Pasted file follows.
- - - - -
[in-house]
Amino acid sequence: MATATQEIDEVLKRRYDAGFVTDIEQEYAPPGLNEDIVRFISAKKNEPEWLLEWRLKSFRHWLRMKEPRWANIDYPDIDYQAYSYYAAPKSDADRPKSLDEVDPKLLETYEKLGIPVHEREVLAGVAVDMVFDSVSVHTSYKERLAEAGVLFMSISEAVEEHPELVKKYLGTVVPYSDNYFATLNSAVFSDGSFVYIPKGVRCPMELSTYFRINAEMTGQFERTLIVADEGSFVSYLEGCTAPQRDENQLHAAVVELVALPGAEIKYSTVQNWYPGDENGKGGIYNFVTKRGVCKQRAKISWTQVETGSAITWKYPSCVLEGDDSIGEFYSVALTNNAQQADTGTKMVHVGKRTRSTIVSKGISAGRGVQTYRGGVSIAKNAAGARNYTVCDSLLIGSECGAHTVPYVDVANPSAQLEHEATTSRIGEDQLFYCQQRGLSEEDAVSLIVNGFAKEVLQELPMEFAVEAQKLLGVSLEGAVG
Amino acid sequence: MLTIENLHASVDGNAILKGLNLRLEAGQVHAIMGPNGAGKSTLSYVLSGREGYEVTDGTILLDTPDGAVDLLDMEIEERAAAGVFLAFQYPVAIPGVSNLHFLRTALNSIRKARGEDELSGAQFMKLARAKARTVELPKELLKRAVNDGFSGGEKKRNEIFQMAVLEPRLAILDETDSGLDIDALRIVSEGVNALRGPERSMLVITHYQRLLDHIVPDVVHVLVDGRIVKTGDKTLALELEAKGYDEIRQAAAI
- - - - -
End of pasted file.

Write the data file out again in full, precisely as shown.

[in-house]
Amino acid sequence: MATATQEIDEVLKRRYDAGFVTDIEQEYAPPGLNEDIVRFISAKKNEPEWLLEWRLKSFRHWLRMKEPRWANIDYPDIDYQAYSYYAAPKSDADRPKSLDEVDPKLLETYEKLGIPVHEREVLAGVAVDMVFDSVSVHTSYKERLAEAGVLFMSISEAVEEHPELVKKYLGTVVPYSDNYFATLNSAVFSDGSFVYIPKGVRCPMELSTYFRINAEMTGQFERTLIVADEGSFVSYLEGCTAPQRDENQLHAAVVELVALPGAEIKYSTVQNWYPGDENGKGGIYNFVTKRGVCKQRAKISWTQVETGSAITWKYPSCVLEGDDSIGEFYSVALTNNAQQADTGTKMVHVGKRTRSTIVSKGISAGRGVQTYRGGVSIAKNAAGARNYTVCDSLLIGSECGAHTVPYVDVANPSAQLEHEATTSRIGEDQLFYCQQRGLSEEDAVSLIVNGFAKEVLQELPMEFAVEAQKLLGVSLEGAVG
Amino acid sequence: MLTIENLHASVDGNAILKGLNLRLEAGQVHAIMGPNGAGKSTLSYVLSGREGYEVTDGTILLDTPDGAVDLLDMEIEERAAAGVFLAFQYPVAIPGVSNLHFLRTALNSIRKARGEDELSGAQFMKLARAKARTVELPKELLKRAVNDGFSGGEKKRNEIFQMAVLEPRLAILDETDSGLDIDALRIVSEGVNALRGPERSMLVITHYQRLLDHIVPDVVHVLVDGRIVKTGDKTLALELEAKGYDEIRQAAAI